Never before or since has the mere birth of a helpless, powerless baby been so enmeshed in a network of fear and loathing, hope and happiness of a kingdom, an empire, a world. From Matthew’s Gospel, we learn of kings, or wise men, who came to Jerusalem inquiring about the newborn King of the Jews. “For we have seen his star in the east and are come to worship him.” (Matthew 2:2) King Herod was not pleased, but was greatly troubled by the threat of competition. From Luke we learn that a tax imposed by Caesar was the cause of the pilgrimage to Bethlehem that fulfilled the prophecy that the Messiah would be born in the city of David.
This December, on courthouse lawns and other public places across America, you’ll see decorative lights, Santa and his reindeer, snowmen, “holiday trees,” and maybe even an angel or two. The only guest who’ll probably be missing from this birthday party is the guest of honor himself. Oddly, there’s even room for elves, tin soldiers, candy canes, and sugarplums — just no room for Christ. The lunacy of celebrating a holiday called Christmas that commemorates the birth of Christ without recognizing Christ could only happen in the philosophically inconsistent but politically correct America. Think of it: You can openly celebrate Christmas just as long as you don’t mention Christ.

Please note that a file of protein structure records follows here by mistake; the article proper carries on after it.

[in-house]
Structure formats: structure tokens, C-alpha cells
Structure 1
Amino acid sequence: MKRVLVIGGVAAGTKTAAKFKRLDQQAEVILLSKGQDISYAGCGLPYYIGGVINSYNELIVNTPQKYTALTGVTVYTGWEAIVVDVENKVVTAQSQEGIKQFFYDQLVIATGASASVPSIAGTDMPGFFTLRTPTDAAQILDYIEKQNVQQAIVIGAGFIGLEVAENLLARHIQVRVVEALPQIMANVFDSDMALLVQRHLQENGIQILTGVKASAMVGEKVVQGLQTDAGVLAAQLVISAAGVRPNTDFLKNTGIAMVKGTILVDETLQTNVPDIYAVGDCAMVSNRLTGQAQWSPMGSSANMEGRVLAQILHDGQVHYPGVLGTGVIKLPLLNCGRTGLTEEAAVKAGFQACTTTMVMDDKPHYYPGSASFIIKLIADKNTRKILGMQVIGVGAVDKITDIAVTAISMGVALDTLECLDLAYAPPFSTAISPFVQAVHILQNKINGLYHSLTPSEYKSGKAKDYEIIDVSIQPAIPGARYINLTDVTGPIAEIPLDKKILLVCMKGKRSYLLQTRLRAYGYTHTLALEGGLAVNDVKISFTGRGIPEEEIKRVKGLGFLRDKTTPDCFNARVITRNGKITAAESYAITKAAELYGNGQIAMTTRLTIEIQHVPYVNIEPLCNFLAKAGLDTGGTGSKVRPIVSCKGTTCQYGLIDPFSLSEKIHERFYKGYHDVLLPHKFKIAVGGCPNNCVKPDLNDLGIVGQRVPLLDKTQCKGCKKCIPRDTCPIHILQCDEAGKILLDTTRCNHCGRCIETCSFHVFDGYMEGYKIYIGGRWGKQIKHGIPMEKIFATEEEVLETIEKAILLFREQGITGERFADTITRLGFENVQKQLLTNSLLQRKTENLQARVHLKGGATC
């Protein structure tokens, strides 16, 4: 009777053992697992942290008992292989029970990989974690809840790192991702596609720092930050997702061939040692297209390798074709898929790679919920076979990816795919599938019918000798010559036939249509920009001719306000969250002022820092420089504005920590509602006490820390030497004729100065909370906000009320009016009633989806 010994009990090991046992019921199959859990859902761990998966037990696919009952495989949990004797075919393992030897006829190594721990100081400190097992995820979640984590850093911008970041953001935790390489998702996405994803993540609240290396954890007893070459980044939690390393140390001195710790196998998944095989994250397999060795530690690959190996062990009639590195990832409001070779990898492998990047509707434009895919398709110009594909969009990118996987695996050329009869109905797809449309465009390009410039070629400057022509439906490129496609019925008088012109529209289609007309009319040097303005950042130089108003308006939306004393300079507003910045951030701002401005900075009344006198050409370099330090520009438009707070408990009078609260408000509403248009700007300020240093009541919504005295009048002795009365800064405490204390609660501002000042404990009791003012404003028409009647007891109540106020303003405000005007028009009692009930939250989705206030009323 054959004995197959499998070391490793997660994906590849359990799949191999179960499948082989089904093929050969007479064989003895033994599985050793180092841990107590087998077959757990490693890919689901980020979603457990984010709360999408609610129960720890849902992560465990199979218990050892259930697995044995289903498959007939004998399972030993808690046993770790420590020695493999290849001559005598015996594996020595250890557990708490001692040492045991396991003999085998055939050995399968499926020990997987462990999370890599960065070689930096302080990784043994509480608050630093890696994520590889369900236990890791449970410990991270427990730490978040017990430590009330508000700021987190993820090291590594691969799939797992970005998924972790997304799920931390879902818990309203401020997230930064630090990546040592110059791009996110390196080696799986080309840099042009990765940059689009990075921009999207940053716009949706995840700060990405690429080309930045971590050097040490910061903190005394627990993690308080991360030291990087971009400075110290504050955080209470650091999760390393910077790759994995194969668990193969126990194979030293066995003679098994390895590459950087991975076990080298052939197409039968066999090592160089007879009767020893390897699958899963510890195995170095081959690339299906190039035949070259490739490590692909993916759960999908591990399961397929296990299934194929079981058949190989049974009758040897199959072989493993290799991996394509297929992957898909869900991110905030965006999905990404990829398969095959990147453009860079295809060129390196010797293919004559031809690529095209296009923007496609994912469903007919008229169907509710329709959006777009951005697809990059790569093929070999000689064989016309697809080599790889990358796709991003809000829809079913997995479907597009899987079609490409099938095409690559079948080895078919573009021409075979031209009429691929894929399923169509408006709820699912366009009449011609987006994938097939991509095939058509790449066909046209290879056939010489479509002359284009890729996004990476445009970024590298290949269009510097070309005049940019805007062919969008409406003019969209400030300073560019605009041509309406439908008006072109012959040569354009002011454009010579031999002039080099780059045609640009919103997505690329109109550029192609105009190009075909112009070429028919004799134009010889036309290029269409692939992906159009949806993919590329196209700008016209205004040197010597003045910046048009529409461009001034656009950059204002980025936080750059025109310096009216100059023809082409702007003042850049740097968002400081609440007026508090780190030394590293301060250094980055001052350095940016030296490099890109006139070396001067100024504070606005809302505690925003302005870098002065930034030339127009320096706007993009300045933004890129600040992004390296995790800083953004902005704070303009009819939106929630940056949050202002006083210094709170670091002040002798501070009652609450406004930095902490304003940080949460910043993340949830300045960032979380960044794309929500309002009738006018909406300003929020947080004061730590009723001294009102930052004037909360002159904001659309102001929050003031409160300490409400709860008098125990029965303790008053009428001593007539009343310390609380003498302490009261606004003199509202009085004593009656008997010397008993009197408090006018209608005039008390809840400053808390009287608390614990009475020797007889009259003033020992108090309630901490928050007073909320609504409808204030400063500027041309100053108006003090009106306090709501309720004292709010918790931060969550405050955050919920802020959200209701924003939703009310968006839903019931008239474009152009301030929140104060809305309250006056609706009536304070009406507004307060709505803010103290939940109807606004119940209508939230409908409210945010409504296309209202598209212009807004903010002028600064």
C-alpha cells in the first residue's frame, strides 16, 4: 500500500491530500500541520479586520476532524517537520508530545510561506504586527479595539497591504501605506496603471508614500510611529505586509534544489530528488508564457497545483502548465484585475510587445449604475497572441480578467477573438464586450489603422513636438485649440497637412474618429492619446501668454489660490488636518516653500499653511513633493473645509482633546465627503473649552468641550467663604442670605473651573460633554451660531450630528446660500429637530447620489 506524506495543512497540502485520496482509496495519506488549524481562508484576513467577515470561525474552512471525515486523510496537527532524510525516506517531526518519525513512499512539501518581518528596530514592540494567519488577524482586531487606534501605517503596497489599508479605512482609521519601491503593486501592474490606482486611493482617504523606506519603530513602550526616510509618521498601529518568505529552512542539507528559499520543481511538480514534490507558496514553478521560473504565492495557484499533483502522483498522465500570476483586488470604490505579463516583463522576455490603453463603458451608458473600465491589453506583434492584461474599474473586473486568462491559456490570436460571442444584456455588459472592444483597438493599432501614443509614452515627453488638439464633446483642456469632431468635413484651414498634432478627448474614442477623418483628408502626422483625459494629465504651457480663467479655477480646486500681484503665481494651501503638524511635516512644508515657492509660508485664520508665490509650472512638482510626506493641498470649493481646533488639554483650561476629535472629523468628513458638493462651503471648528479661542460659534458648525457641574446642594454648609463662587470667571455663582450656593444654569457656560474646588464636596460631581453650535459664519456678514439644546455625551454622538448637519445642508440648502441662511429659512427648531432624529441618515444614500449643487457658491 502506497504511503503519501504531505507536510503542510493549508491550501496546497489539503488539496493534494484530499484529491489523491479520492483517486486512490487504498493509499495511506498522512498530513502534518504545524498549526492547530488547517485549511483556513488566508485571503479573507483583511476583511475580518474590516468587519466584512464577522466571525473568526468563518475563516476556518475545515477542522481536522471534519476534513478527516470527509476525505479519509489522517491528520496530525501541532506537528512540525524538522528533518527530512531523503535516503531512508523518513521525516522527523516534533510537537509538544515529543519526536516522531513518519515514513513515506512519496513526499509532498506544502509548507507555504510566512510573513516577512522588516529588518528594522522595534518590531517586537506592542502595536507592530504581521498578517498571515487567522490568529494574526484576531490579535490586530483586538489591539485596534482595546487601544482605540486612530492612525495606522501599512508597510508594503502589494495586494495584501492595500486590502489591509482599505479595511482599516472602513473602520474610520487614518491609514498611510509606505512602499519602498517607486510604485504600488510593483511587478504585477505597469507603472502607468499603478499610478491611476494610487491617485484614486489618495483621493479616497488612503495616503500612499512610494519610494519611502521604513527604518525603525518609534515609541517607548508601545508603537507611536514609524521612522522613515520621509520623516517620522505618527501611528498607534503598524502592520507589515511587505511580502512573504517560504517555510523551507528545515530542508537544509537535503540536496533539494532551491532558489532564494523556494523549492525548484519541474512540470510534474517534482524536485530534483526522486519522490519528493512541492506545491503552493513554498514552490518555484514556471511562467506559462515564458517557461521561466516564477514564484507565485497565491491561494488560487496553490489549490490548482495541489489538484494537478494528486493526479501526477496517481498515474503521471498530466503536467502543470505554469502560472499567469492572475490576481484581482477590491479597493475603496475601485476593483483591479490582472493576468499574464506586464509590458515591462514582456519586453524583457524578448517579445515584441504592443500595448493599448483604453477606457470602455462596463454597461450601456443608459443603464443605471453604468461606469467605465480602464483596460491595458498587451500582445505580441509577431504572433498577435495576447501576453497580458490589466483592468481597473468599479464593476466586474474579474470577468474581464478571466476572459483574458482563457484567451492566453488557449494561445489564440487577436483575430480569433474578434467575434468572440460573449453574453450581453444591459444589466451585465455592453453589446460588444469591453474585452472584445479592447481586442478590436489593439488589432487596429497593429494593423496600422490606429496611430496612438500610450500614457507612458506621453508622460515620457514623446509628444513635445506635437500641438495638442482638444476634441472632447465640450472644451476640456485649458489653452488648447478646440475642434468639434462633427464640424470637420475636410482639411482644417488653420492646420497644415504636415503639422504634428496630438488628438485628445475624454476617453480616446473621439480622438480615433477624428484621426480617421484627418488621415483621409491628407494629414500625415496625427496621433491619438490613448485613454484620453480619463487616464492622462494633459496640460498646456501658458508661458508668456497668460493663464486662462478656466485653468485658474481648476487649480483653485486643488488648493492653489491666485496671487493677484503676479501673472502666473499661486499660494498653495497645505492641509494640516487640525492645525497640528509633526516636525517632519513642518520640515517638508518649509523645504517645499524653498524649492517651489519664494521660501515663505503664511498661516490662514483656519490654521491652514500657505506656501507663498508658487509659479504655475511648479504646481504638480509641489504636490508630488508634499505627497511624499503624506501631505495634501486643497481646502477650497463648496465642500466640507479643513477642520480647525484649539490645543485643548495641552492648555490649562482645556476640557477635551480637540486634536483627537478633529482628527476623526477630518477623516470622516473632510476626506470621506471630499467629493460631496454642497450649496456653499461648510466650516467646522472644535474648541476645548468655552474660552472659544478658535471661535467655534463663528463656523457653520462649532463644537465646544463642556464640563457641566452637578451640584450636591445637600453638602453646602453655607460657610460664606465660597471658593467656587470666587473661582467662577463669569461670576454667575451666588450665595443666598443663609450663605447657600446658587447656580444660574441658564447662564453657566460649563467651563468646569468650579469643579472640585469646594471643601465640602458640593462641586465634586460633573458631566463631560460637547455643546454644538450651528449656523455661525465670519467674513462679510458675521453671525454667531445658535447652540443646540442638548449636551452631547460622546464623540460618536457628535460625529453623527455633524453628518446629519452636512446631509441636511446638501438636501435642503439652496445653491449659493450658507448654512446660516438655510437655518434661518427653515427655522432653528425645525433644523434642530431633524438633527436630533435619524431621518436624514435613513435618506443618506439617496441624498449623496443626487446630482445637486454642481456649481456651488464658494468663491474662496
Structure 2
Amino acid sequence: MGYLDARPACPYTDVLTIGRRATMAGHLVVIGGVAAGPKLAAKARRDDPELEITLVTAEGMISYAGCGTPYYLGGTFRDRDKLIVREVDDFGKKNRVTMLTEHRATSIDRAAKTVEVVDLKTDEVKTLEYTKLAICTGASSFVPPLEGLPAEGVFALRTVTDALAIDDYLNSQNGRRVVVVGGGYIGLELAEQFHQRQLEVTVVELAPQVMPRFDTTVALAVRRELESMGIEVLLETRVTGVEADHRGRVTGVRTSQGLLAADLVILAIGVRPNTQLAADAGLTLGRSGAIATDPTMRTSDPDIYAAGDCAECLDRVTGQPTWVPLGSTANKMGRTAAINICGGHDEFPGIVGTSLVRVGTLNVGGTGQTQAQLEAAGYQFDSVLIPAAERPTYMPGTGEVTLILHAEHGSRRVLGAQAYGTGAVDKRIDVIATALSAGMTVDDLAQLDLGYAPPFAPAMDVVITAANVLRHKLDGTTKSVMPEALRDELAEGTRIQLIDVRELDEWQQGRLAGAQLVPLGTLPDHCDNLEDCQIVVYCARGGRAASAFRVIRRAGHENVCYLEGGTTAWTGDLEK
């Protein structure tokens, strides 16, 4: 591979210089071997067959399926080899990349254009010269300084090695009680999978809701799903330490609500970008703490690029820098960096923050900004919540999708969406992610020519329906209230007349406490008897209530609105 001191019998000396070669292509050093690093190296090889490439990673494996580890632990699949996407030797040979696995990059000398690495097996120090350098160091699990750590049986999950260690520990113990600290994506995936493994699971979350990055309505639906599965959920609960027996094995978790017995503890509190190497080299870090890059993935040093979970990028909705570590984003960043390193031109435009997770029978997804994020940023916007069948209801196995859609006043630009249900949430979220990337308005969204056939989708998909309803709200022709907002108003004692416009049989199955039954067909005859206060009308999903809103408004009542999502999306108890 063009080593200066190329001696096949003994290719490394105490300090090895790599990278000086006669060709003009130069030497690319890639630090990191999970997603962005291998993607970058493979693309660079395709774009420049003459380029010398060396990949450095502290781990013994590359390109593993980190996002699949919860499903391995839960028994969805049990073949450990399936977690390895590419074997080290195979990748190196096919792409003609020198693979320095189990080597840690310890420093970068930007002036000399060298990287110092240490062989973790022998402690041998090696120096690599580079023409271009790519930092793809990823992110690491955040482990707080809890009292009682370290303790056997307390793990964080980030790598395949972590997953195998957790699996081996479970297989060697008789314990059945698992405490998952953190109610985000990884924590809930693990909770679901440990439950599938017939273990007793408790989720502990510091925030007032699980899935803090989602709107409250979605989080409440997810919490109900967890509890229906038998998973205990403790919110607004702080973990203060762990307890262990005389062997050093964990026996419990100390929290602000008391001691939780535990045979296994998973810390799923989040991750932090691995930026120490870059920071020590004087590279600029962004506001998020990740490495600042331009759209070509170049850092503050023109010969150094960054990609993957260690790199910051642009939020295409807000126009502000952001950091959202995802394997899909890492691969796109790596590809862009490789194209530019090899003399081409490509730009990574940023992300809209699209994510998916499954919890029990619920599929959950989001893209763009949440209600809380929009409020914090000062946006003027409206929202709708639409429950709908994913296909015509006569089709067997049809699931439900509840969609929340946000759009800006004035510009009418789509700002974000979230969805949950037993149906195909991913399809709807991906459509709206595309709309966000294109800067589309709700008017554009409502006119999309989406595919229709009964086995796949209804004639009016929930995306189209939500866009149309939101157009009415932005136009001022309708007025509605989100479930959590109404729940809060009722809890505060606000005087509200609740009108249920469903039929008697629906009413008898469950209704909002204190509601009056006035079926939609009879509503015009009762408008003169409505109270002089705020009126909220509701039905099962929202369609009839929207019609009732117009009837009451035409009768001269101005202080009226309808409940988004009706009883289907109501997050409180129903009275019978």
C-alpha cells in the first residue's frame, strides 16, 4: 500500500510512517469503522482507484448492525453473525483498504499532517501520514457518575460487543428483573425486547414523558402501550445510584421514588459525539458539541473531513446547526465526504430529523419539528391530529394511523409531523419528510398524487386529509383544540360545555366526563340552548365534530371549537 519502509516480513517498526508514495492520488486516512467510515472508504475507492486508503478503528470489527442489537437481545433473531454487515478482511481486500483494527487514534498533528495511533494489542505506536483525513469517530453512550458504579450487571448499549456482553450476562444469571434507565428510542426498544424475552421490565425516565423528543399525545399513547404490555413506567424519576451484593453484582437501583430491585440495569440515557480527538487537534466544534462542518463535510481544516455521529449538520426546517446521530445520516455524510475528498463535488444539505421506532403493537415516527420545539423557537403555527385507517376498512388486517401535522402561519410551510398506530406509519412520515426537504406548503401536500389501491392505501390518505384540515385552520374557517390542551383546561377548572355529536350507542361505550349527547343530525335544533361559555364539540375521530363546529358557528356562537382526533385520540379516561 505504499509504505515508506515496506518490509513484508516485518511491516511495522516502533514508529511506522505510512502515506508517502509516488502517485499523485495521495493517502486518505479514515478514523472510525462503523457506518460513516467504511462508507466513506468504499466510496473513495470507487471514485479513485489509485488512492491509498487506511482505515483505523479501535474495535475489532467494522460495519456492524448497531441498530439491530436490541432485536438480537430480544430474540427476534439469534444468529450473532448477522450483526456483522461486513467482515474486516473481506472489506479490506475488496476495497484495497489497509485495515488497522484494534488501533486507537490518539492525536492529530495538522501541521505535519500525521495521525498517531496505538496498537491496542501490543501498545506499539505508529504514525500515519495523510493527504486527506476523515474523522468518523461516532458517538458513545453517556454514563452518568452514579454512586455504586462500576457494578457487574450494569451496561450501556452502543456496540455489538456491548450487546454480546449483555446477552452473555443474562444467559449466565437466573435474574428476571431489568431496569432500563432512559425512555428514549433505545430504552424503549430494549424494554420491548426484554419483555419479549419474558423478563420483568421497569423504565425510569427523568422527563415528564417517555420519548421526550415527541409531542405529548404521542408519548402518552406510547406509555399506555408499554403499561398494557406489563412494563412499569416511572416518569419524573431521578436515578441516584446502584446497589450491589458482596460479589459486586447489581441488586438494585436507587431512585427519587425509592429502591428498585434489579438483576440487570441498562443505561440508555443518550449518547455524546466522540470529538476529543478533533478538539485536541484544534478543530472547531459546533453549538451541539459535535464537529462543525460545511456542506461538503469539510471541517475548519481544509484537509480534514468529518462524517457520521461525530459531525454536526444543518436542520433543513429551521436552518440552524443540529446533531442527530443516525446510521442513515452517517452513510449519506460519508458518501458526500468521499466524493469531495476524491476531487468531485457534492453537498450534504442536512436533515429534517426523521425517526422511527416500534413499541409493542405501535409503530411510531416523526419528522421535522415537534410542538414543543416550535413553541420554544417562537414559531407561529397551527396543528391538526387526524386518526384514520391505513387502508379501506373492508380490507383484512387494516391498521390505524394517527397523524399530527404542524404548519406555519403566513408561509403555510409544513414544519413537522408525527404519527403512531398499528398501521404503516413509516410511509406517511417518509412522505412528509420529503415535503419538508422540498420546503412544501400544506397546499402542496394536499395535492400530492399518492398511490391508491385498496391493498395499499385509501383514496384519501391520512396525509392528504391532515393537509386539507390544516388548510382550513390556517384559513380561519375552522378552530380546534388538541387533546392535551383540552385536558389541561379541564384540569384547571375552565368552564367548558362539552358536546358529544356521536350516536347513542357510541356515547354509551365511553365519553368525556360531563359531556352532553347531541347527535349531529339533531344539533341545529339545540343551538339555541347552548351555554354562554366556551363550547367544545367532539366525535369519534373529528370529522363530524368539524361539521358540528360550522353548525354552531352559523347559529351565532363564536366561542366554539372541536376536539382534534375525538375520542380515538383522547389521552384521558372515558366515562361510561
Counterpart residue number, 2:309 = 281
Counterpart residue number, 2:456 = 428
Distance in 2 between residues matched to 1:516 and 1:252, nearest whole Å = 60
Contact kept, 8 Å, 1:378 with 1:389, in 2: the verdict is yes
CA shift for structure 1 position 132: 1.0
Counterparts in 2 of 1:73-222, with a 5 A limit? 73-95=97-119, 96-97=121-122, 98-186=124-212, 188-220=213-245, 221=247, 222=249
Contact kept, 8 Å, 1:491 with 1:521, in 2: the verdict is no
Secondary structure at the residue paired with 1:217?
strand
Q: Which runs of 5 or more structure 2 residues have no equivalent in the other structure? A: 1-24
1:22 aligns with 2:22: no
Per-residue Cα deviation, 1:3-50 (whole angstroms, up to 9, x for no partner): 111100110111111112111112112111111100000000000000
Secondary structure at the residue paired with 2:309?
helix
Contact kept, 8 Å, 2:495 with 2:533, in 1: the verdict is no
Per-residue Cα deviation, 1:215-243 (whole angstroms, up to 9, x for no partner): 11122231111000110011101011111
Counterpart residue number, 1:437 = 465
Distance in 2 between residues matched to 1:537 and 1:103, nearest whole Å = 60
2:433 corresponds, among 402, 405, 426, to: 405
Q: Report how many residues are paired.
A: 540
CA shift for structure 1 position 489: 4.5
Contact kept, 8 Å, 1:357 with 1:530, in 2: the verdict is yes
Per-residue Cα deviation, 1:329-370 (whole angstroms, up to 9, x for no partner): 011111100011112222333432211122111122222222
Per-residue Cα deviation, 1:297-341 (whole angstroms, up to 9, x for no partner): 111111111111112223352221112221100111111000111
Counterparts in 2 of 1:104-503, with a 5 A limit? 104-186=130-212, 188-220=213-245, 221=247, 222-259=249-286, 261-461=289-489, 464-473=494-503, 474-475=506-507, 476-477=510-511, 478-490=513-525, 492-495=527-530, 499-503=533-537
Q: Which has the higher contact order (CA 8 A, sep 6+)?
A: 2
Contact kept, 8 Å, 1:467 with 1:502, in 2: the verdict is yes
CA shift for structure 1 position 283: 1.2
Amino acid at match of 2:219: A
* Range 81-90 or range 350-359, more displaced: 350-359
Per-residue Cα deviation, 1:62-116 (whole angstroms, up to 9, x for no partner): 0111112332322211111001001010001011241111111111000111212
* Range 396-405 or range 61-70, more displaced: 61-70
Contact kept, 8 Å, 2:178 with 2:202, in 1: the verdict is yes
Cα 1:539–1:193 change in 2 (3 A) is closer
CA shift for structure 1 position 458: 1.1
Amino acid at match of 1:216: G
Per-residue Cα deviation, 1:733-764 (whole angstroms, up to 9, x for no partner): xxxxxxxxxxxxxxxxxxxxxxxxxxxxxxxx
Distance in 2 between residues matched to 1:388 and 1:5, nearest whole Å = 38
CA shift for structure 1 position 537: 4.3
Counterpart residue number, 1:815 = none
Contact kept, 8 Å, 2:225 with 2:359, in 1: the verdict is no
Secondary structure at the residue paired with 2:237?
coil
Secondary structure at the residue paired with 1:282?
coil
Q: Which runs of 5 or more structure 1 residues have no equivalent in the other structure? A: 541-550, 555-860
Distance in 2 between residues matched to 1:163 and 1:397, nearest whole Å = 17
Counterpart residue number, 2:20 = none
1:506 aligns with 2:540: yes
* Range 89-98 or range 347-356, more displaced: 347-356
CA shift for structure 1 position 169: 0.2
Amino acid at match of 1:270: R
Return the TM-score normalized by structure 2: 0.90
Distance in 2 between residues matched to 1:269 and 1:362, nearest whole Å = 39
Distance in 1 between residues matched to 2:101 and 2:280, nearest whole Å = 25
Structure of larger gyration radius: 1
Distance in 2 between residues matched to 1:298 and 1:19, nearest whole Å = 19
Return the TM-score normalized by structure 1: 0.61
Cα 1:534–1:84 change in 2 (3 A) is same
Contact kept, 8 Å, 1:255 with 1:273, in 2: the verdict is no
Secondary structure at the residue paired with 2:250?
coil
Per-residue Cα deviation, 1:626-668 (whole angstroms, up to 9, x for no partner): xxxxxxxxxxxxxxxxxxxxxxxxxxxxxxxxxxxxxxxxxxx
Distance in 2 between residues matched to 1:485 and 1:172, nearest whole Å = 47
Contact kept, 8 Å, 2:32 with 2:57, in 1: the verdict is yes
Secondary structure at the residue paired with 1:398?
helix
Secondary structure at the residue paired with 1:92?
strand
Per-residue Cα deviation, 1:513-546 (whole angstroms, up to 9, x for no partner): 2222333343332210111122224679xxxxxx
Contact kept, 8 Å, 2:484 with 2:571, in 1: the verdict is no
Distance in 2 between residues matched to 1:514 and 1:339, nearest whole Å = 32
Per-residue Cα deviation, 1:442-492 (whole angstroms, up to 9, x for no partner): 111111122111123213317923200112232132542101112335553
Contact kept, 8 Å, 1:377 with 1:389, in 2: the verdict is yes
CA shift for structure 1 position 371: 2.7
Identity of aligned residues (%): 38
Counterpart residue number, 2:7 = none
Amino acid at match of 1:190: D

A new study from the Family Research Council (FRC) reveals that over half of children in the United States are being raised in single-parent homes decimated by divorce, separation, and parental conflict. In the U.S Index of Belonging and Rejection, Dr. Patrick Fagan, director of the FRC’s Marriage and Religion Institute, found that the American family model has become one of rejection, with only 45 percent of American teens raised in families with both a mother and father legally married to one another.